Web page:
Preventing Student Suicide in New York State

High school students (photo: Benjamin Kanter / Mayoral Photo Office)


This month, as our kids return for another pandemic school year, there has never been a more important time to have an honest conversation about mental health.

As a member of the New York Assembly Education Committee, I have heard countless parents and young people talk about how the pandemic has exacerbated pre-existing psychological stresses of depression and anxiety. These add to the pressures young people have faced for years, from dealing with identity issues to addressing bullying.

Unfortunately, children, families and schools do not always have the training or resources to face these challenges or identify when they become dangerously unmanageable. It is high time we gave our schools the tools they need to provide appropriate mental health resources, support populations at risk and, above all, prevent suicide.

Students today are much more likely to report poor mental health than previous generations. Between 2007 and 2016, pediatric emergency room visits for mental health issues increased by 60%. Suicide is now the second leading cause of death among young people aged 10 to 24, and LGBTQ youth are particularly at risk. Of the nearly 40% of transgender Americans who report having attempted suicide, 92% did so before the age of 25.

Preventing suicide among young people is not just an intellectual matter for me. I tried to kill myself when I was young. Looking back, I recognize that I was faced with a deep stress of identity and isolation. Fortunately, I came through this dark period and continued to lead a meaningful and successful life.

For me, having a support system was key to my mental health recovery. Children can express their vulnerability when they are around people they trust. That’s why I introduced the Student Suicide Prevention Act (A7762), which will give schools the support they need to reach students of all backgrounds and backgrounds. It provides a framework for teacher training, mental health resources, and policies and procedures for suicide prevention, intervention and postvention. Legislation draws on national models while creating space for schools to tailor information to local needs.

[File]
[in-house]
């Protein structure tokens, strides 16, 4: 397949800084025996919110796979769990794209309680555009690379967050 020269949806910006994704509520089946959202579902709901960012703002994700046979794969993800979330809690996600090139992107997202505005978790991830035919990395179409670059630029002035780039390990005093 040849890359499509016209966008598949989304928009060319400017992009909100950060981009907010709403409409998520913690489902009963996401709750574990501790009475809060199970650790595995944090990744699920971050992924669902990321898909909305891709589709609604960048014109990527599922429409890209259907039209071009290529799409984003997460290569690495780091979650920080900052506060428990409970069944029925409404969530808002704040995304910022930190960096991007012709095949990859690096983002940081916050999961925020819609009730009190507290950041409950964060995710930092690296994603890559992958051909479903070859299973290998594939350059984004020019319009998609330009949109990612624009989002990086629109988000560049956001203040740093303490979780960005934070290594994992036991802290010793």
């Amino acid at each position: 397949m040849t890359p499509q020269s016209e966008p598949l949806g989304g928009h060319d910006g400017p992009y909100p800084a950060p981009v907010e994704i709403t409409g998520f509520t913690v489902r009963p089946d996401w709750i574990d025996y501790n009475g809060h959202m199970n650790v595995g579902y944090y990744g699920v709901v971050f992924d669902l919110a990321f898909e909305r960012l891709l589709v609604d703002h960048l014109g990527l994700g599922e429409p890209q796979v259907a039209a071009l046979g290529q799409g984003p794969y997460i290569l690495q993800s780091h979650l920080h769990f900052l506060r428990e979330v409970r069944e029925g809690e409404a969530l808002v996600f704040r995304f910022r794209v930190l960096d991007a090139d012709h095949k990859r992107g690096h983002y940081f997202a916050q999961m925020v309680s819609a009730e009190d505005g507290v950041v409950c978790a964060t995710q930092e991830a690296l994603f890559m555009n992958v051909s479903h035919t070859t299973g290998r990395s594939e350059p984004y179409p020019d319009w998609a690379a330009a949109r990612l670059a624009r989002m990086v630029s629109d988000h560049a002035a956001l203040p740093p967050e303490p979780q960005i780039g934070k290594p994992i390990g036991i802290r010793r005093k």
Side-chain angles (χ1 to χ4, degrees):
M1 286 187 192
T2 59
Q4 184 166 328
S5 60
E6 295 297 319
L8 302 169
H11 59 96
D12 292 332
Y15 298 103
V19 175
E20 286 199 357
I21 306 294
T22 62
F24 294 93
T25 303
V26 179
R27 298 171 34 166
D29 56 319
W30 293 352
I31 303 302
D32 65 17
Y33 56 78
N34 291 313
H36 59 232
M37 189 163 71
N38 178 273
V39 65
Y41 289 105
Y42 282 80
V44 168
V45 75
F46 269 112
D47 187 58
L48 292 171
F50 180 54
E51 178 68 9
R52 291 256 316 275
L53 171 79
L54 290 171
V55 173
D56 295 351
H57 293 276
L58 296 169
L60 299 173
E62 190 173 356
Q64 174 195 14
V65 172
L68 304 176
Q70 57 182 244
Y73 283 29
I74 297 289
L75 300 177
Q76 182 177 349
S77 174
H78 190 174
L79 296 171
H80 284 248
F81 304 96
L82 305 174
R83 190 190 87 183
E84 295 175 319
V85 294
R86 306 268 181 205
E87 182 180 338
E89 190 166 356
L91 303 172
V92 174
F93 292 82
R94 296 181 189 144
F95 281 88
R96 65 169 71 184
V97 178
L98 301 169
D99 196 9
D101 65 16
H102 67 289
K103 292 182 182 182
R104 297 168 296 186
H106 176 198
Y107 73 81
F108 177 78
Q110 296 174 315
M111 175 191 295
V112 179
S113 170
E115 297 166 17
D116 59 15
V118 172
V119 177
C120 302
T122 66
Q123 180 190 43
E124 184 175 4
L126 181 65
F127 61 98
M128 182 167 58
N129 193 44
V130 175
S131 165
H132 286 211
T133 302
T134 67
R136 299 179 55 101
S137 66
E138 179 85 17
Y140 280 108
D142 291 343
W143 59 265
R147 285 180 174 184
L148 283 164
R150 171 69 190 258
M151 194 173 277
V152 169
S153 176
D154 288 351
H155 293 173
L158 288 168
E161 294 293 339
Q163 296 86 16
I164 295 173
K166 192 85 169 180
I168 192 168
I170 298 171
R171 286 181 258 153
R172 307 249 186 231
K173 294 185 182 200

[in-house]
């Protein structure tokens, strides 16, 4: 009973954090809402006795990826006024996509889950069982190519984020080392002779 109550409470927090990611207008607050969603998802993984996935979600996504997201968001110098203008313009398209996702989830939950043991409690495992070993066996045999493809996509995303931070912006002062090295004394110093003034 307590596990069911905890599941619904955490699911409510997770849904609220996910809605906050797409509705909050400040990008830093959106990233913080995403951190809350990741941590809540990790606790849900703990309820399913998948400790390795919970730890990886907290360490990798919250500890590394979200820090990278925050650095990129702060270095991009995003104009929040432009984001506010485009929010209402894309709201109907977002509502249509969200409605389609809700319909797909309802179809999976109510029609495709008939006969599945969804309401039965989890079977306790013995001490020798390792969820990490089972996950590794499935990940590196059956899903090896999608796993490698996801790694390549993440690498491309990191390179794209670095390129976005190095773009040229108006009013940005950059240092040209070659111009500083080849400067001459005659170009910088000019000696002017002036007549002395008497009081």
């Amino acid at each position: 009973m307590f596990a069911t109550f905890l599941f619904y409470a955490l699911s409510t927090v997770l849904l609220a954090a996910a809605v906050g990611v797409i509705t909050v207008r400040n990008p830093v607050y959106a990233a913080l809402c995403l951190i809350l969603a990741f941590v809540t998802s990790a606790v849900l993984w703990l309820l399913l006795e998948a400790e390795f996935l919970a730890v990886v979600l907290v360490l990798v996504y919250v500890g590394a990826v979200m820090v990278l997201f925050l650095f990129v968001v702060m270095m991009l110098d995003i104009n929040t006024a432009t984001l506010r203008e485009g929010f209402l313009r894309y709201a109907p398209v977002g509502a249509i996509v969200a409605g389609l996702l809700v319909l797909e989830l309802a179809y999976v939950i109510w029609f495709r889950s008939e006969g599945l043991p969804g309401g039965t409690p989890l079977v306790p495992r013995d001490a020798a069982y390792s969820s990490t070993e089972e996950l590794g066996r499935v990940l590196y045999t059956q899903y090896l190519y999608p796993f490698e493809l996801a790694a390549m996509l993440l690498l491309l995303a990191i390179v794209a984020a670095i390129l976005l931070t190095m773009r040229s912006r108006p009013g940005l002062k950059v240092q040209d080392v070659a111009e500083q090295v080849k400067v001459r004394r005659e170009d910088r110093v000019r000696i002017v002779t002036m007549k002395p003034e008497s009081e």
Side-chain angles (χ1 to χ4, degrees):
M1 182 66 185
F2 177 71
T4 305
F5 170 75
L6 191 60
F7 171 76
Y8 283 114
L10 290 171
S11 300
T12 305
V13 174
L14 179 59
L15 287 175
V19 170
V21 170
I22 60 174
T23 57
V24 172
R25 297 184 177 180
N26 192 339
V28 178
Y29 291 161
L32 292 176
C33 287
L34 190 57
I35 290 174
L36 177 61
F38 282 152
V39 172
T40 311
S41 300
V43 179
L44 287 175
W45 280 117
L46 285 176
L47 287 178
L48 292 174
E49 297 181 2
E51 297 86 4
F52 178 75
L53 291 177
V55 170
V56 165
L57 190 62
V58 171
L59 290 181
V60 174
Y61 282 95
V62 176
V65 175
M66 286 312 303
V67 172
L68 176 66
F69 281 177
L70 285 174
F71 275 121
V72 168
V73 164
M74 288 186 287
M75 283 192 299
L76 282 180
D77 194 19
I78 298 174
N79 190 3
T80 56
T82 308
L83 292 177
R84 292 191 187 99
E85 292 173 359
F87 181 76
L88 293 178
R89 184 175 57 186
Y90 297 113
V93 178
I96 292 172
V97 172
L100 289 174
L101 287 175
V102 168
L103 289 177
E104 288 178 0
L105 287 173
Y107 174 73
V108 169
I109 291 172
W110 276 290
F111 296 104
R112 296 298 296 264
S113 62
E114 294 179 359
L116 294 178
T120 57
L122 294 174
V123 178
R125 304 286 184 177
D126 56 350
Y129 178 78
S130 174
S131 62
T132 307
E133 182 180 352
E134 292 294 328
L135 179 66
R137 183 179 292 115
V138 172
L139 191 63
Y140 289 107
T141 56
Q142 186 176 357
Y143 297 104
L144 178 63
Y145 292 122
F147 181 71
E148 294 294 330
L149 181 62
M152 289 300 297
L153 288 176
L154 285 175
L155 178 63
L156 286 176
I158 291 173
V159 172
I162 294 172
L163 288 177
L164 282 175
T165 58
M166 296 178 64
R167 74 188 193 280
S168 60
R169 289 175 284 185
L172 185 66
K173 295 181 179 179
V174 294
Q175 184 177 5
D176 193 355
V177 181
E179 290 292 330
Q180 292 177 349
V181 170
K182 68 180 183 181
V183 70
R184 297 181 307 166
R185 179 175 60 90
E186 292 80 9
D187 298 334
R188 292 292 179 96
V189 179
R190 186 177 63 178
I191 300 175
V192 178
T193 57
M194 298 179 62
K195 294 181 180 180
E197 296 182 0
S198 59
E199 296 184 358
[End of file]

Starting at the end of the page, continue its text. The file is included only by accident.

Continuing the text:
Currently, 19 states require suicide prevention training for school staff, and 13 states specify that this training takes place annually. New York is one of 15 states that encourage, but do not require, such programming. Our lack of leadership has significant consequences: a third of our schools do not have suicide prevention policies in place, and only 2% of existing policies specifically target LGBTQ youth.

Teachers are often a resource for children who feel isolated. They spend hours each day with their students and develop deep relationships by offering them advice and helping them to develop their self-esteem. As a result, they are often the first, and best, to see when our children need extra help.

Their insight is especially important because not all who are in pain withdraw or disengage from school activities – which we generally associate with signs of difficulty. I was the president of my high school class, but I still needed help.

It is difficult to talk about these issues, both politically and personally. I have never publicly shared my story before. But I know that open and honest communication is a necessary step to break the cycle and better support our young people. With the right policies in place, we can give young people the support they need to get through tough times, recognize their own strength and envision a better future.

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Assembly member Danny O’Donnell represents parts of Manhattan. On Twitter @Danny_ODonnell_.

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